1. Visiting from the US? Why not try DIYnot.US instead? Click here to continue to DIYnot.US.
    Dismiss Notice

Valiant Ecotec 428

Discussion in 'Plumbing and Central Heating' started by steve compton, 18 Feb 2021.

  1. steve compton

    steve compton

    Joined:
    18 Feb 2021
    Messages:
    4
    Thanks Received:
    0
    Country:
    United Kingdom
    When we moved into this property we had an oil fired boiler with a Grunfos pump. It was incredibly inefficient and was getting through £300 of oil a month. We changed it out for the Valiant 428 and our heating bills certainly took a tumble.
    But I was still not impressed with the time it took to heat the house up. I used to joke that at time it was about 1 degree and hour. But I've seen worse than that when it's cold.
    The Grundfos eventually died and Homeserve sent a man round and he changed the pump for a Circulating Pumps CP50.
    Now it was only some time after that I started to really look at the issue and the recent cold snap has highlighted that something is really not right.
    The CP50 is the smallest of there range with the CP60 being their better flowing/head pump.

    Now this is an older detached house with 19 radiators. My gut feel is that the pump is really nowhere near adequate and that they have fitted the wrong device. But I can't explain why the previous Grundfos appeared to have similar performance. But I'm not familiar with their range and maybe it was similar to the current one in terms of performance.

    During my investigations, I have spent some time observing the system in operation. When the boiler comes on, it takes about 20 - 30 seconds to heat the water up to the selected temperature and then it turns off. Because, I think , of the anti cycling timer. It then doesn't come back on for 20 minutes (Standard Valiant setting).
    So in that time, the water has mostly cooled off.
    So this doesn't feel right. In each hour it gets roughly 1 minute of boiler heating the water. No wonder it can take many hours for the house to warm up.

    I changed the anti cycling time from 20 to 10 minutes but the weather has turned warmer so it's difficult to compare now.

    So I'm trying to work out what's going on. I think what I'm observing is such a slow flow rate through the boiler that rather than heat all of the circulating water in the system. It's basically heating the water inside the boiler then turning off. Improving the water flow will mean that it'll have to heat more water and therefore the 20 seconds of on time will increase dramatically so that it heats more of the circulating water.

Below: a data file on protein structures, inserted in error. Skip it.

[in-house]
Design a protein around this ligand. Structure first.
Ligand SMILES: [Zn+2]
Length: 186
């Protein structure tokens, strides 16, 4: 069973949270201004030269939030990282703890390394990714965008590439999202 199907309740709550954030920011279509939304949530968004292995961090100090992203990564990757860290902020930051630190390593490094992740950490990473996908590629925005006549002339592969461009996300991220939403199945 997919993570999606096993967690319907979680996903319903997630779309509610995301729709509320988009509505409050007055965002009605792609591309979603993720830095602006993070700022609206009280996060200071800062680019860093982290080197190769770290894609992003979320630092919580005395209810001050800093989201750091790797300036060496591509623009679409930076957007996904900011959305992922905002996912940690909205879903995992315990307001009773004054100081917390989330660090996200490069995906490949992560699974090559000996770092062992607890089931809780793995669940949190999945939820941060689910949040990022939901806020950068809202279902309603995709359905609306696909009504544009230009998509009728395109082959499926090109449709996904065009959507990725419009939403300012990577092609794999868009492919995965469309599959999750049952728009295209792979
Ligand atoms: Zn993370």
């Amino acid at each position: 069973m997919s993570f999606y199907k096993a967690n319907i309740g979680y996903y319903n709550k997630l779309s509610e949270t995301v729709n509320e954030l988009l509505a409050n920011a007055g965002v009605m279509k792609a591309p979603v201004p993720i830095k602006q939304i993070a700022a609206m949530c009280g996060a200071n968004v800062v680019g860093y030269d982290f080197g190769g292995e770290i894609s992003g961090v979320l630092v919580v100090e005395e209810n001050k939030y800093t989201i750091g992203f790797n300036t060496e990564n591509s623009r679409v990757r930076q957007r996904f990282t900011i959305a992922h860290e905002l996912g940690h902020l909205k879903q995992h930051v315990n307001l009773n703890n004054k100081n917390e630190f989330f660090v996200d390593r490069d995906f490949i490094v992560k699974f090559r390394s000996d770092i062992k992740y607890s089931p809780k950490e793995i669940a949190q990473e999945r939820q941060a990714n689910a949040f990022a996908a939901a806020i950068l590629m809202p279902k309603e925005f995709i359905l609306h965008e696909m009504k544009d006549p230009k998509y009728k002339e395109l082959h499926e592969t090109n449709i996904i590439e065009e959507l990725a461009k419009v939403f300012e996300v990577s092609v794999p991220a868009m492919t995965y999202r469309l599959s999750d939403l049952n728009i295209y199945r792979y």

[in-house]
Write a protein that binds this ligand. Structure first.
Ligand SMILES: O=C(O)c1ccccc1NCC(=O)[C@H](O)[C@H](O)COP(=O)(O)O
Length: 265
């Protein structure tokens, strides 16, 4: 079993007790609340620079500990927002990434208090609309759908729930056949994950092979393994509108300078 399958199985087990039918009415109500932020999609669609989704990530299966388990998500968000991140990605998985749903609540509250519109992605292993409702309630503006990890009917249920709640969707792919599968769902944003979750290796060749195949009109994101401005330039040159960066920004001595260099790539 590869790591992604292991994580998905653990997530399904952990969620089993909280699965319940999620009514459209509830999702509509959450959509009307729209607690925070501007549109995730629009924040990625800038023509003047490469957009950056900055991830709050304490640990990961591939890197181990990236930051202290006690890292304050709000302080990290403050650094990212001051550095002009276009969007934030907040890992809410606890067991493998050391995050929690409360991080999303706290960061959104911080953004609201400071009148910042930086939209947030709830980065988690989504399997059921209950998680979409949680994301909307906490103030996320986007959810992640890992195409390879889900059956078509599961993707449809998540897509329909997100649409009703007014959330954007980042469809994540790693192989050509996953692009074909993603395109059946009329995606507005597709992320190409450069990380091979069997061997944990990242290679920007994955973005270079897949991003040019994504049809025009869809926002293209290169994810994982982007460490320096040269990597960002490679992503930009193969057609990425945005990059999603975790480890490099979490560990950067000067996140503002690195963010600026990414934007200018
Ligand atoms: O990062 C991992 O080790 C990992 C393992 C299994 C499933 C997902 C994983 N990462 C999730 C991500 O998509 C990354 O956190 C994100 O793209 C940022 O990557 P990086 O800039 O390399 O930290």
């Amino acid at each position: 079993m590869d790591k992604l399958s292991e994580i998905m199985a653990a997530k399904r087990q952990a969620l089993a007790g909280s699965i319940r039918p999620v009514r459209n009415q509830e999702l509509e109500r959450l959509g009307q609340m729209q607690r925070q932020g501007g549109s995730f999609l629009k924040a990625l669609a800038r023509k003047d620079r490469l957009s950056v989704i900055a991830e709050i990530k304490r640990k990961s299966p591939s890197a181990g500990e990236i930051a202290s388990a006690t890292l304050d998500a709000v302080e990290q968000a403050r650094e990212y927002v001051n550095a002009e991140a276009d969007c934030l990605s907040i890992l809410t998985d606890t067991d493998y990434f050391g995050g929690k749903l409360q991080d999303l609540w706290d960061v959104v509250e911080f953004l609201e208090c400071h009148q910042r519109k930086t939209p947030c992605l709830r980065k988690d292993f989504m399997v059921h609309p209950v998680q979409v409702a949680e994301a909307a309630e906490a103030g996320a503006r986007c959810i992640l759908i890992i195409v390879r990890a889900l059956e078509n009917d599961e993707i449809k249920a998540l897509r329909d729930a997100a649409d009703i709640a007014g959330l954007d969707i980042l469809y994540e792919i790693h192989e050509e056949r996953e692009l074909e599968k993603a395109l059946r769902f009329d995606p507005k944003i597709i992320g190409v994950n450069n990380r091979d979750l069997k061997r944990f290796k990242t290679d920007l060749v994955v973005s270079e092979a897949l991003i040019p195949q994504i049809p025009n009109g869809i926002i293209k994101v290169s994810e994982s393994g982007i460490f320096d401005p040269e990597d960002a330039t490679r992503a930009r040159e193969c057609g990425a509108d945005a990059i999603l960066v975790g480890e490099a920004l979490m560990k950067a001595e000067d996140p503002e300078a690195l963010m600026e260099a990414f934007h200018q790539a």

I've just purchased a Grunfos UPS3 15-50/65 which looks like a good upgrade and am about to try it. But of course it may still not be up to the job.
     
  2. Sponsored Links
  3. picasso

    picasso

    Joined:
    8 Apr 2008
    Messages:
    10,483
    Thanks Received:
    2,606
    Location:
    Essex
    Country:
    United Kingdom
    The resistance of the heat exchanger and pipework to 19 rads will kill a 15/60, I would be looking at a 25/80 or as you have bought a 15/60 another 15/60 in series would work just as well,
     
  4. ericmark

    ericmark

    Joined:
    27 Jan 2008
    Messages:
    17,706
    Thanks Received:
    1,652
    Location:
    Llanfair Caereinion, Nr Welshpool
    Country:
    United Kingdom
    I have oil fired boiler, 15 radiators, 3 floors, and annual bill around £300, the boiler is rather simple, plumbing is C Plan so seems something very wrong with yours.

    Each radiator except bathroom has two controls, a TRV and a lock shield valve, mine are not set correctly I know, mainly as wife has put things in the room so I can't reach the lock shield valve, but in real terms even with all TRV heads set to max the rooms should if the lock shield set correctly be around the same temperature, the TRV is only fine turning.